8. White Pine Ski Area
White Pine Ski Area and Resort is a ski resort located 10 miles from Pinedale, Wyoming in northern Sublette County. The mountain holds about 25 trails of differing challenge. You can enjoy downhill skiing, snowboarding, cross-country skiing, and snowshoeing on the slopes, or relax in the cozy lodge with a fireplace and a restaurant. The resort also offers ski lessons, rentals, and lift tickets at affordable prices. White Pine Ski Area is a great place to enjoy winter sports in Wyoming.

9. Devil’s Tower National Monument
Devil’s Tower National Monument is a striking geological formation that rises 867 feet above the surrounding landscape in northeastern Wyoming. It is considered sacred by many Native American tribes, who call it by different names, such as Bear Lodge, Tree Rock, and Grizzly Bear’s Lodge. The monument was established in 1906 by President Theodore Roosevelt, and was the first national monument in the United States. You can admire the tower from various viewpoints along the paved loop road, or hike one of the trails that circle its base. You can also climb the tower, with a permit and proper equipment, or join a ranger-led program to learn more about its history, culture, and natural features.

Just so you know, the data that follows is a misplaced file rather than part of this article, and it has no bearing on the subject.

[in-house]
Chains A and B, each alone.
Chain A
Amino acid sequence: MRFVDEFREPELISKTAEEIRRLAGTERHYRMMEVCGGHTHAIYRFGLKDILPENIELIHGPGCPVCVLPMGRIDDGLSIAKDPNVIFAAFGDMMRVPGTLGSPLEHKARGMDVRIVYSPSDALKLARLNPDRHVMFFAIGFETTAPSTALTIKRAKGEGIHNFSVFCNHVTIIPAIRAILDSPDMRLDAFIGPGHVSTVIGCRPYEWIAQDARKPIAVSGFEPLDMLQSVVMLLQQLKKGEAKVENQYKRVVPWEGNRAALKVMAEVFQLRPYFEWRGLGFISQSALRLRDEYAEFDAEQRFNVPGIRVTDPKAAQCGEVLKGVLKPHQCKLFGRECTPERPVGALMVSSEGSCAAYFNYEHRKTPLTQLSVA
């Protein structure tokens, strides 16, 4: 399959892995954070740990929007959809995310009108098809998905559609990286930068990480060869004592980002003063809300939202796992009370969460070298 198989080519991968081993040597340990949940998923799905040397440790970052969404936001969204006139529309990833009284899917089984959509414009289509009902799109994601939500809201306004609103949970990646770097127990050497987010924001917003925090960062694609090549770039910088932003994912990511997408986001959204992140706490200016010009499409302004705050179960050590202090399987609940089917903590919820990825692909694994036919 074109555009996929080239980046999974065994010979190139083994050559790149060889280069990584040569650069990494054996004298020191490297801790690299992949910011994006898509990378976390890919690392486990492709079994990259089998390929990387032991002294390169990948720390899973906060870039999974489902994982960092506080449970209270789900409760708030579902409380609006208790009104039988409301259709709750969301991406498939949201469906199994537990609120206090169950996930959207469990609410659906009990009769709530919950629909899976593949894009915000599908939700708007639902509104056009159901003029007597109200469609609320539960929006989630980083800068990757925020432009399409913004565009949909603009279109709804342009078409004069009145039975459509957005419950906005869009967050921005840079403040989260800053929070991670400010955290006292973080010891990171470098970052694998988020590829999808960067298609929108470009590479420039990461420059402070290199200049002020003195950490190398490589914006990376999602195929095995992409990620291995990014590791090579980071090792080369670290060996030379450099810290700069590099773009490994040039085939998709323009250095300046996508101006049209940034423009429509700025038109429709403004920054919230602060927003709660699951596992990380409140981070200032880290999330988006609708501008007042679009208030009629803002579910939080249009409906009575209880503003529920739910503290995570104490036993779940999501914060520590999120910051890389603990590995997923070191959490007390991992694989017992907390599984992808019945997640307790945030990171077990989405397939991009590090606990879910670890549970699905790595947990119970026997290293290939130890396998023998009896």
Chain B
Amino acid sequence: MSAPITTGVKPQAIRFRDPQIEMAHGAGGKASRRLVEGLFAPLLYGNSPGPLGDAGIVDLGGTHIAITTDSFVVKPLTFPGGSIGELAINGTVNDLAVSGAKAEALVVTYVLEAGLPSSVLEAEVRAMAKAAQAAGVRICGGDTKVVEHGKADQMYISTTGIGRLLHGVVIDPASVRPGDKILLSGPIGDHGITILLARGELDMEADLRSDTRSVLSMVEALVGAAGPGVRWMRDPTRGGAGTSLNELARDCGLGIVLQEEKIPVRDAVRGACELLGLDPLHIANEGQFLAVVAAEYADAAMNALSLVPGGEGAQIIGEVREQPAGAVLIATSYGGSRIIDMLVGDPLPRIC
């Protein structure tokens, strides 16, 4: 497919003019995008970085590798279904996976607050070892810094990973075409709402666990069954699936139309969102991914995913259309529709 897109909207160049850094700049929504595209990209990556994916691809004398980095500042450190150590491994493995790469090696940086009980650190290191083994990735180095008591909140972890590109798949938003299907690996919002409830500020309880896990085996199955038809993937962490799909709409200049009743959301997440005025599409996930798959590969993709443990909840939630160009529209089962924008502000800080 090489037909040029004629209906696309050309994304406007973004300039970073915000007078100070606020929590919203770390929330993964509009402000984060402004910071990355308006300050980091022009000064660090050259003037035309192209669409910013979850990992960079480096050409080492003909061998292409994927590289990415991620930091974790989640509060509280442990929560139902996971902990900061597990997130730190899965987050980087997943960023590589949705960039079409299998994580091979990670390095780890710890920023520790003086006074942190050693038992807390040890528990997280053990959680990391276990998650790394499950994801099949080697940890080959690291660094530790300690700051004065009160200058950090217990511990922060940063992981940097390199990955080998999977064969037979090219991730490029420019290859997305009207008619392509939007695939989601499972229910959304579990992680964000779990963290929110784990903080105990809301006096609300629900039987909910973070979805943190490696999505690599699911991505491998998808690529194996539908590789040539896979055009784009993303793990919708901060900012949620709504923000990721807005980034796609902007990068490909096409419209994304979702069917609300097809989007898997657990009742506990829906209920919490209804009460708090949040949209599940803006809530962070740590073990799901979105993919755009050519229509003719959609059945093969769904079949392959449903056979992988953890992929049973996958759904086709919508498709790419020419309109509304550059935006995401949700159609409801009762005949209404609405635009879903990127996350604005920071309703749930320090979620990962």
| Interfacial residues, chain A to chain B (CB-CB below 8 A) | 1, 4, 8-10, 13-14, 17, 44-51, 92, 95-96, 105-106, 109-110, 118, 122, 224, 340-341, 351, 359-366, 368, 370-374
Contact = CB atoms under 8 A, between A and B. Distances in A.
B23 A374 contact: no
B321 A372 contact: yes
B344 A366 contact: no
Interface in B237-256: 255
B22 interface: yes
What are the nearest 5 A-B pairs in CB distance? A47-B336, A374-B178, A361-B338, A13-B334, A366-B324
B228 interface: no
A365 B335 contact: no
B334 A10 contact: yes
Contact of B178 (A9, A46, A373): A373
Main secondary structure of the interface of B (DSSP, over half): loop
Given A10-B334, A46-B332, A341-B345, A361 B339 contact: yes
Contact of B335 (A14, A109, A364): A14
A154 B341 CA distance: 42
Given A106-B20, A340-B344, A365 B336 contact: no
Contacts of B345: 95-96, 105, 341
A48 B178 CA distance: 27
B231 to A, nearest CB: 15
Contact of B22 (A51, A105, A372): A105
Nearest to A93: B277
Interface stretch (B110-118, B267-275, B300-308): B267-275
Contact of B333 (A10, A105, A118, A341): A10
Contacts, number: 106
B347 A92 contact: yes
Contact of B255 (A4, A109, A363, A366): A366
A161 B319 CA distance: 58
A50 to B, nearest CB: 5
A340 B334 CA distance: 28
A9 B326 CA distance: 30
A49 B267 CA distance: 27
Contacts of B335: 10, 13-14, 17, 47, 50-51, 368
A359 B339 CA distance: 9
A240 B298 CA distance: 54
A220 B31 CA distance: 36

10. Flaming Gorge National Recreation Area
Flaming Gorge National Recreation Area is a scenic area that spans the borders of Wyoming and Utah. It encompasses more than 200,000 acres of land and water along the Green River and Flaming Gorge Reservoir. The area is named for the red sandstone cliffs that reflect the sun’s rays and create a flaming effect. You can enjoy a variety of recreational activities at Flaming Gorge, such as boating, fishing, swimming, camping, hiking, biking, wildlife watching, and scenic driving. You can also visit some of the attractions within the area, such as the Flaming Gorge Dam Visitor Center, the Red Canyon Visitor Center, and the Swett Ranch Historic Site.